American Medical News
By — Posted April 15, 2013
Since the landmark 1999 Institute of Medicine report, “To Err Is Human,” made national headlines, the pressure has been on physicians and hospital officials to reduce the toll of preventable medical harm. Yet with so many competing pressures and studies that often offer contradictory conclusions, it is not always clear which problems to target and which safety strategies to pursue first.
A panel of experts, several of whom spoke with American Medical News, worked for more than three years to produce a 955-page Agency for Healthcare Research and Quality report that for the first time in a decade comprehensively reviews the effectiveness of more than 100 patient safety interventions. The panel identified 10 strategies that are “strongly encouraged.”
The report, published in March, recommends that most health care organizations implement these interventions within the next three years. Current use of these practices varies widely depending on the safety strategy, but the report's authors say it is clear that implementation is far from universal.
The link between dirty hands and the transmission of health care-associated infections has strong backing in epidemiological literature, and the importance of hand hygiene has been touted by the World Health Organization, the Joint Commission and the Centers for Disease Control and Prevention. Yet rates of hand washing are low, averaging 39%, with many doctors and nurses underestimating the activity's safety value.
Research shows that effective hand hygiene initiatives improve knowledge of when to clean and how to clean, require demonstration of the knowledge, ensure that alcohol-based rub and gloves are available at the bedside, and guarantee that compliance is monitored continuously.
For Robert Wachter, MD, a health care organization's hand hygiene compliance rate is a proxy for its overall commitment to patient safety. “I see it as a marker of an organization's ability to change practices in an area where it does take some work,” says Dr. Wachter, chief of the medical service at the University of California, San Francisco, Medical Center. “If you can't get hand hygiene right, I'm skeptical of your ability to get other things right that are harder to do.”
Along with hand hygiene, barrier precautions are key to reducing the 1.7 million health care-associated infections that occur in the U.S. each year, which the CDC says kill about 99,000 patients annually.
When a patient has a serious nosocomial infection such as vancomycin-resistant Enterococcus, health workers should wear gowns and gloves when providing care. They should use dedicated disposable equipment and follow the encounter with immediate hand hygiene. A care bundle including barrier precautions has been shown to cut the spread of VRE from 21% to 9% in intensive care units.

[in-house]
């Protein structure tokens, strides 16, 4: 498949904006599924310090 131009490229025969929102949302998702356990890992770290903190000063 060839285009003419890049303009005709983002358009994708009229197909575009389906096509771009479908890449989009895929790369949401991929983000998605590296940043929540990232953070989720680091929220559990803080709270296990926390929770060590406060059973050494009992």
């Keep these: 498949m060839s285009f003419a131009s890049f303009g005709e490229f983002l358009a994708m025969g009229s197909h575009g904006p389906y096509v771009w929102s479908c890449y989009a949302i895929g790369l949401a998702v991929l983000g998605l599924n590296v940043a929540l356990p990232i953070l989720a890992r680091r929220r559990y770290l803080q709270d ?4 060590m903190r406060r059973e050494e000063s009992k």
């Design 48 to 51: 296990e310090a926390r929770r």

Using barrier precautions also is an element in the steps that dramatically can cut the rate of central line-associated bloodstream infections. When placing central venous catheters or peripherally inserted central catheters, health professionals should wear caps, masks, sterile gowns and gloves, and a full body drape should be placed on the patient.
About 250,000 bloodstream infections occur each year in the U.S., and these infections can triple hospital stays from seven to 21 days. Bloodstream infection rates in ICUs fell by nearly 60% between 2001 and 2009 thanks to wider use of a prevention protocol bundle first implemented statewide in Michigan. In addition to barrier precautions, the care bundle calls for hand hygiene, cleaning the patient skin with chlorhexidine, avoiding the femoral site for catheter insertion and removing unnecessary catheters.
“The evidence is so clear that this is the shining example of the patient safety field right now,” says Dr. Wachter, author of the 2012 medical textbook Understanding Patient Safety.
Another patient harm linked to central venous catheters is difficulty with inserting the lines correctly. Relying on the anatomic “landmark” approach to determine where the underlying vein is located, health professionals often need multiple attempts to place the catheter successfully. The frustrating process leads to complications and higher infection rates.
Using portable ultrasound machines to get a real-time, two-dimensional view while placing the catheter has been shown in randomized trials to lower infection rates and improve other outcomes. For every 1,000 patients, ultrasonography-guided central-line placement helps avoid 90 complications, research shows.
Catheter-related urinary tract infections are the most common type of health care-associated infection, with 1 million cases in the U.S. each year. The most important step in preventing catheter-associated UTIs is to reduce use of indwelling urinary catheters. At least 21% of catheters are placed in patients inappropriately — for example, as a substitute for extra nursing care — and they often are left in long after they are needed.
“We need a systems-based approach to this problem, because physicians often just forget that their patients have a urinary catheter,” says Sanjay Saint, MD, MPH, professor of medicine at the University of Michigan Medical School and associate chief of medicine at the Veterans Affairs Ann Arbor Healthcare System in Michigan.